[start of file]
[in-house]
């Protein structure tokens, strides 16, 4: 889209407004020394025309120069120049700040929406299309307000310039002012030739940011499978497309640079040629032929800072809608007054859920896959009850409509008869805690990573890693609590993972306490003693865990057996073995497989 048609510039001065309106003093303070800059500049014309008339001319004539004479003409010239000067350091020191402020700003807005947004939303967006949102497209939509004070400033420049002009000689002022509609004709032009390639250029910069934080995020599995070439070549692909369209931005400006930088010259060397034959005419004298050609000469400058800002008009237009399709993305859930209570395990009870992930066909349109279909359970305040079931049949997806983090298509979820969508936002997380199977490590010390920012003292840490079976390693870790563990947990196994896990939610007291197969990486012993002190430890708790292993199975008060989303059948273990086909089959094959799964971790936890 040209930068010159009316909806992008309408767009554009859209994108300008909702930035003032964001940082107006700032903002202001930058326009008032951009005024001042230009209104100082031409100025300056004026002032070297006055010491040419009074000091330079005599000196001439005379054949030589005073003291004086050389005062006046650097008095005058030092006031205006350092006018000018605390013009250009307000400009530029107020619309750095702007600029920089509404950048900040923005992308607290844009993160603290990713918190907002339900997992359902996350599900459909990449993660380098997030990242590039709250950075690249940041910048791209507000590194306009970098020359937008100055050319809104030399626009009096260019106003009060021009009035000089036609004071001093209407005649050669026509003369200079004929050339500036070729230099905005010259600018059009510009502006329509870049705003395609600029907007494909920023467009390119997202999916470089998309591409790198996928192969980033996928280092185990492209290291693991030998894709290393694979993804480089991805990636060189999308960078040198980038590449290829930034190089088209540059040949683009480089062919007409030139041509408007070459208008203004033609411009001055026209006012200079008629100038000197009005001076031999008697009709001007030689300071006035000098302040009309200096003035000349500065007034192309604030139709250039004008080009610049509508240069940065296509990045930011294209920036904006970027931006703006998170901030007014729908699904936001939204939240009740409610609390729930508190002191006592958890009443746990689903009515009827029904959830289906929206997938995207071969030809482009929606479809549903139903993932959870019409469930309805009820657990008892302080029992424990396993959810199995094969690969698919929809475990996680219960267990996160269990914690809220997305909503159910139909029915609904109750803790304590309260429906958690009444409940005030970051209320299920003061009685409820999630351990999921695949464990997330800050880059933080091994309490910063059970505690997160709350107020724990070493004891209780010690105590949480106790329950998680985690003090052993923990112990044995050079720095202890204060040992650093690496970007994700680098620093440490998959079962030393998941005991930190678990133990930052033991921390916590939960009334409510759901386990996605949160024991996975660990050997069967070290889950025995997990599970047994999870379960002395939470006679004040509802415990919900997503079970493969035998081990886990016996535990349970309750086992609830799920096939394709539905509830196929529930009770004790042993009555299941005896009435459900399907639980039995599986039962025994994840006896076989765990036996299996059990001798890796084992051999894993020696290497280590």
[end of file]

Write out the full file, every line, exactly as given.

[in-house]
């Protein structure tokens, strides 16, 4: 889209407004020394025309120069120049700040929406299309307000310039002012030739940011499978497309640079040629032929800072809608007054859920896959009850409509008869805690990573890693609590993972306490003693865990057996073995497989 048609510039001065309106003093303070800059500049014309008339001319004539004479003409010239000067350091020191402020700003807005947004939303967006949102497209939509004070400033420049002009000689002022509609004709032009390639250029910069934080995020599995070439070549692909369209931005400006930088010259060397034959005419004298050609000469400058800002008009237009399709993305859930209570395990009870992930066909349109279909359970305040079931049949997806983090298509979820969508936002997380199977490590010390920012003292840490079976390693870790563990947990196994896990939610007291197969990486012993002190430890708790292993199975008060989303059948273990086909089959094959799964971790936890 040209930068010159009316909806992008309408767009554009859209994108300008909702930035003032964001940082107006700032903002202001930058326009008032951009005024001042230009209104100082031409100025300056004026002032070297006055010491040419009074000091330079005599000196001439005379054949030589005073003291004086050389005062006046650097008095005058030092006031205006350092006018000018605390013009250009307000400009530029107020619309750095702007600029920089509404950048900040923005992308607290844009993160603290990713918190907002339900997992359902996350599900459909990449993660380098997030990242590039709250950075690249940041910048791209507000590194306009970098020359937008100055050319809104030399626009009096260019106003009060021009009035000089036609004071001093209407005649050669026509003369200079004929050339500036070729230099905005010259600018059009510009502006329509870049705003395609600029907007494909920023467009390119997202999916470089998309591409790198996928192969980033996928280092185990492209290291693991030998894709290393694979993804480089991805990636060189999308960078040198980038590449290829930034190089088209540059040949683009480089062919007409030139041509408007070459208008203004033609411009001055026209006012200079008629100038000197009005001076031999008697009709001007030689300071006035000098302040009309200096003035000349500065007034192309604030139709250039004008080009610049509508240069940065296509990045930011294209920036904006970027931006703006998170901030007014729908699904936001939204939240009740409610609390729930508190002191006592958890009443746990689903009515009827029904959830289906929206997938995207071969030809482009929606479809549903139903993932959870019409469930309805009820657990008892302080029992424990396993959810199995094969690969698919929809475990996680219960267990996160269990914690809220997305909503159910139909029915609904109750803790304590309260429906958690009444409940005030970051209320299920003061009685409820999630351990999921695949464990997330800050880059933080091994309490910063059970505690997160709350107020724990070493004891209780010690105590949480106790329950998680985690003090052993923990112990044995050079720095202890204060040992650093690496970007994700680098620093440490998959079962030393998941005991930190678990133990930052033991921390916590939960009334409510759901386990996605949160024991996975660990050997069967070290889950025995997990599970047994999870379960002395939470006679004040509802415990919900997503079970493969035998081990886990016996535990349970309750086992609830799920096939394709539905509830196929529930009770004790042993009555299941005896009435459900399907639980039995599986039962025994994840006896076989765990036996299996059990001798890796084992051999894993020696290497280590």